Wednesday, June 24, 2015

Anesthesiologist Bad-Mouths Patient - Does This Occur Often?

I'm not surprised that there are some doctors who do this.  I've heard other stories where anesthesiologists demean their patients.  In my own personal experience, the operating room personnel sometimes swear at each other or make casual jokes, but these are never directed at the patient.  I just wonder how much of this is unaccounted for, since most patients don't have the opportunity to record their doctors.  Should all operating rooms be monitored after this incident? Does the patient even have the right to secretly record the operation?  Feel free to comment. 

From:  http://www.washingtonpost.com/local/anesthesiologist-trashes-sedated-patient-jury-orders-her-to-pay-500000/2015/06/23/cae05c00-18f3-11e5-ab92-c75ae6ab94b5_story.html

Monday, June 8, 2015

A Personal Analysis of Depression and Suicide in the Elderly

I write this after the recent passing of an elderly family friend due to suicide.  This event has taken quite a toll on us and our community, and I can't help but wonder how it could have been prevented.  Previously, I didn't think that seniors were very likely to commit suicide.  However, the following article insists that their depression is different.  Major life changes occur, for example, the death of a spouse or retirement.  Some believe that loneliness after these experiences may contribute to depression.  Contracting many illnesses could be another factor.  What's most interesting to me, though, is that it is not easily detected.  The article suggests that their symptoms may overlap with those of their other illnesses, ultimately hiding the depression.  In the case I described above, it also appeared that the onset of depression was very quick.  I don't know the answers to a lot of these questions, but like many others, I do not think that we value mental health in this country enough.  Looking back, I wish there was something I could have done, but there's no way I could have known.  Any personal stories or advice?  Feel free to share.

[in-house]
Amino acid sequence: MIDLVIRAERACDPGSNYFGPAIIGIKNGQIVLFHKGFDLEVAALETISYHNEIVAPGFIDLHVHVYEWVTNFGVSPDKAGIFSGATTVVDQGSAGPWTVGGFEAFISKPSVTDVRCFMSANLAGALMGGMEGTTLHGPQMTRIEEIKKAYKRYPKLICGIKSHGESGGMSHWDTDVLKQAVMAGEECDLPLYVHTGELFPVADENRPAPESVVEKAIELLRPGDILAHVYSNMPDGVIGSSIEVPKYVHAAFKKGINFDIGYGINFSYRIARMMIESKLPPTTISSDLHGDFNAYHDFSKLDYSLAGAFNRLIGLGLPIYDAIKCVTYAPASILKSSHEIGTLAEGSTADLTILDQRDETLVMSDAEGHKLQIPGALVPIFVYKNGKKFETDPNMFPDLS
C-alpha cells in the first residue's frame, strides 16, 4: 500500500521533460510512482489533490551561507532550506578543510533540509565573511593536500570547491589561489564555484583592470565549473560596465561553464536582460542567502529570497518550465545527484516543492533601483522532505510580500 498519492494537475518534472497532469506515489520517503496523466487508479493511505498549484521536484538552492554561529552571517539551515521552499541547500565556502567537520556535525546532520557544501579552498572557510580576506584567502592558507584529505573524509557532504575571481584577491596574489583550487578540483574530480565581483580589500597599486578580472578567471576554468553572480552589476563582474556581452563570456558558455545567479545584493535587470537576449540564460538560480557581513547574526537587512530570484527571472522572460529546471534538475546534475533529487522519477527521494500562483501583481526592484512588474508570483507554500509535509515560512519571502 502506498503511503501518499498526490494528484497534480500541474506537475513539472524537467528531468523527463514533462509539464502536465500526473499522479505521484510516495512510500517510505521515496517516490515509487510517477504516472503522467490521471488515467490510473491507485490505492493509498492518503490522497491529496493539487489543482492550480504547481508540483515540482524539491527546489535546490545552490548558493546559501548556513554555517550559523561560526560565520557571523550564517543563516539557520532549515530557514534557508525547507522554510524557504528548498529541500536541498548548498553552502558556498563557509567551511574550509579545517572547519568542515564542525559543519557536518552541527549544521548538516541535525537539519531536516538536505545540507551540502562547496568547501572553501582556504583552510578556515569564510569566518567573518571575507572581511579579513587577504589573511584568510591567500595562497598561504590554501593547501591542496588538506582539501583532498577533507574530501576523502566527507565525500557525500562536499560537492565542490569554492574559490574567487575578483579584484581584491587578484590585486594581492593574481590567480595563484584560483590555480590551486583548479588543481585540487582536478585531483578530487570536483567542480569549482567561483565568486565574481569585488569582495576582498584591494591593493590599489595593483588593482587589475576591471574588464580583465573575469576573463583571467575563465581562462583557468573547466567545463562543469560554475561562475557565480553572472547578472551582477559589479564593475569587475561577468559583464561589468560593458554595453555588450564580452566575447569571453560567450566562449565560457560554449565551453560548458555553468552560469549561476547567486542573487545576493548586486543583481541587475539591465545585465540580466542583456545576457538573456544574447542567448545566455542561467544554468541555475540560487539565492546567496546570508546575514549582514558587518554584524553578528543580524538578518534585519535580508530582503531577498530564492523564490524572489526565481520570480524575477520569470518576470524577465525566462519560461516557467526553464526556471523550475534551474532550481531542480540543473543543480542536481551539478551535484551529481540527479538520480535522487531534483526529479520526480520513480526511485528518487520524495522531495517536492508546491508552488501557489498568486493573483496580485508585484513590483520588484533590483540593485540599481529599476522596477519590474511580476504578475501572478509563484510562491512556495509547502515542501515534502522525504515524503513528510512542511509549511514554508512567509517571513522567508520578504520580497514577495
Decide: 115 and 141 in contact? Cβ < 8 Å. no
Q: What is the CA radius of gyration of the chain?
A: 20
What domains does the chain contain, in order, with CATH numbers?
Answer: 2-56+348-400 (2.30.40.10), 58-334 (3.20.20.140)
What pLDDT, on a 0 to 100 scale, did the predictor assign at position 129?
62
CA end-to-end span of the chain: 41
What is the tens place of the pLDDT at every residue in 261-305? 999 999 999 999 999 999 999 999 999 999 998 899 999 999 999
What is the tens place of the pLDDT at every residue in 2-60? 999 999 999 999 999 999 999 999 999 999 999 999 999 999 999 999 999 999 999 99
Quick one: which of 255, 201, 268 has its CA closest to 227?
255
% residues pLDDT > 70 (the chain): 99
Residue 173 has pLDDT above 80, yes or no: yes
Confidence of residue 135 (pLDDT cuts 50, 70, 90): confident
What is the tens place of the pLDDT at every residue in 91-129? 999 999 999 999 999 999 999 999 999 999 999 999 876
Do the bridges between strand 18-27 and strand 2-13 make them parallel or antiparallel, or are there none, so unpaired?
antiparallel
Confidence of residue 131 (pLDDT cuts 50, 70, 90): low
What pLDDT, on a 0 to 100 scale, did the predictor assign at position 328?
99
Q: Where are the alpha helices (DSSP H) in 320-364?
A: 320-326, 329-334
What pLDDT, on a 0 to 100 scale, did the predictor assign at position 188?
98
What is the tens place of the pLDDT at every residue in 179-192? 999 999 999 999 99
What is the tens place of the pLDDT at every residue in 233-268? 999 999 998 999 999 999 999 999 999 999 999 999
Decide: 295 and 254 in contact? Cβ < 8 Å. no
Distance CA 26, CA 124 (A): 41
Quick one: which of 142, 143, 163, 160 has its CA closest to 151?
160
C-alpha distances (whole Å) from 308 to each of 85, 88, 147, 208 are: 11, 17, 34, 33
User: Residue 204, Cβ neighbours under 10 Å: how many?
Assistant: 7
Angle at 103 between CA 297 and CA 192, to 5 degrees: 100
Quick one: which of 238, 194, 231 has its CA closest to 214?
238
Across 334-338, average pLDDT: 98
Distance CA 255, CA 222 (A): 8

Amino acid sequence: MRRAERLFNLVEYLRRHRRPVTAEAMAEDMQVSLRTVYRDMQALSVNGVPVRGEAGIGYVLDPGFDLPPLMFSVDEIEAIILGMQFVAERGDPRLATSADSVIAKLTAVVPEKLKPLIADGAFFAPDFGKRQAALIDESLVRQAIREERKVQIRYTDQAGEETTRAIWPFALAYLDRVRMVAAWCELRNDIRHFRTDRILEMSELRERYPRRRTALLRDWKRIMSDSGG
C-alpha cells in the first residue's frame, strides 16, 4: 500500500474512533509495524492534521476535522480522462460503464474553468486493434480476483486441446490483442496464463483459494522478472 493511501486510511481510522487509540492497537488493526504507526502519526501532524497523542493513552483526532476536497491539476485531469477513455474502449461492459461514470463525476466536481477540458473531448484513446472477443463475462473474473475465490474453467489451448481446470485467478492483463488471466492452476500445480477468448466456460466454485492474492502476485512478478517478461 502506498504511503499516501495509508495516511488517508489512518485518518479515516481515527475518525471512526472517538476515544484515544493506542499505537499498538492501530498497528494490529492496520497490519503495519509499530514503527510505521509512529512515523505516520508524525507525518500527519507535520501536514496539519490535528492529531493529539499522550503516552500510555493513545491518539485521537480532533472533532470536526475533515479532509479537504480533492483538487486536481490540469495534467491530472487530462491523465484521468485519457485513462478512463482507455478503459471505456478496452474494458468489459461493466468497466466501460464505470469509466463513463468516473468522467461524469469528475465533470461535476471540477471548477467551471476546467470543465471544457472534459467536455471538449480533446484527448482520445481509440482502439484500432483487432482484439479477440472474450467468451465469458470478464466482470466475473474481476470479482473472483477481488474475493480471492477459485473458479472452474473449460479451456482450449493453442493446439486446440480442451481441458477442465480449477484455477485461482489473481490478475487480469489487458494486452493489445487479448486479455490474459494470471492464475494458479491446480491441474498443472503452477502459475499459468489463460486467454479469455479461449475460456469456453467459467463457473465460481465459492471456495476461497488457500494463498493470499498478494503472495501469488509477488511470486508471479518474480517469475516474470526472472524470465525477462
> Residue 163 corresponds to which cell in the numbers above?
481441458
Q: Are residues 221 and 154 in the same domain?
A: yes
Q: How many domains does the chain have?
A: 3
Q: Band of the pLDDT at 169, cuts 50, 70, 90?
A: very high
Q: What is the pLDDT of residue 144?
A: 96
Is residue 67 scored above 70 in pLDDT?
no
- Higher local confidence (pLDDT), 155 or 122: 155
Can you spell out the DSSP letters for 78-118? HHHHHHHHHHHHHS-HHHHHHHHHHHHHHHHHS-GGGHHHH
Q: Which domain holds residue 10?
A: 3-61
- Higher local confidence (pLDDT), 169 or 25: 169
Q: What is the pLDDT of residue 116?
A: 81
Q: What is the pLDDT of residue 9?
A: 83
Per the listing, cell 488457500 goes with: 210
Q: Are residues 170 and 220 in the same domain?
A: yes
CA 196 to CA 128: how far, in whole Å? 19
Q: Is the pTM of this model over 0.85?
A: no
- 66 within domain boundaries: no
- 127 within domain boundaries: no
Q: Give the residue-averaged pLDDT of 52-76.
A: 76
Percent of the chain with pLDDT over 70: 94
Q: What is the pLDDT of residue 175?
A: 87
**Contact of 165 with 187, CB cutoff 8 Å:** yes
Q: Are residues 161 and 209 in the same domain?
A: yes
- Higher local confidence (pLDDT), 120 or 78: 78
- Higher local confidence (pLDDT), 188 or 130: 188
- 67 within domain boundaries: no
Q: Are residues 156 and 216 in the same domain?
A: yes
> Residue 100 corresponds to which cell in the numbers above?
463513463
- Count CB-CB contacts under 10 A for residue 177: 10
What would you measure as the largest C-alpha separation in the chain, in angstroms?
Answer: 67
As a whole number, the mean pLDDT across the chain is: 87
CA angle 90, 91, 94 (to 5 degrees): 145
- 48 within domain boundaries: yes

From: http://www.komonews.com/news/consumer/Senior-depression-is-different-and-often-undiagnosed-305790371.html

Friday, May 22, 2015

Will Anesthesiologists be Replaced by Robots, Nurses?

My opinion:  Considering that anesthesiologists are some of the highest paid professionals in medicine, many people believe that they should be replaced by assistants, such as certified registered nurses anesthetists (CRNAs), or even by robots.  The issue is, their replacements may not always provide adequate care, especially with complex surgical procedures.  Many states have already allowed for CRNAs to practice independently of anesthesiologists.  I believe that CRNAs and robots may be used in certain scenarios instead of anesthesiologists.  These doctors may not be eliminated, but will be used to a lesser extent to save money.  Do you think this will occur?  Feel free to comment. 

http://www.wsj.com/articles/SB10001424052702303983904579093252573814132

Wednesday, May 13, 2015

Millions of Births, Deaths Unrecorded

My opinion:  I am not surprised that so many people are not tracked, as poorer countries may not have the resources to keep records.  I agree with the article that the civil registration and vital statistics (CRVS) may make for better records.  When a family member dies, relatives may are asked questions that point to the most likely cause of death.  This is probably the best alternative to physician diagnosis, since many places lack doctors required for an examination.  I do wonder, though, if the family will have any motivation to complete the documents.  Furthermore, what if they are illiterate?  In those cases, someone else would have to do CRVS for them.  Finally, this may not capture the number of children who are stillborn, since it is easy to keep the child's birth a secret from the community.  I believe that a medical worker may have to be responsible for the collection of this data, although he or she does not necessarily have to be a doctor.  Any opinions of your own?  Feel free to comment.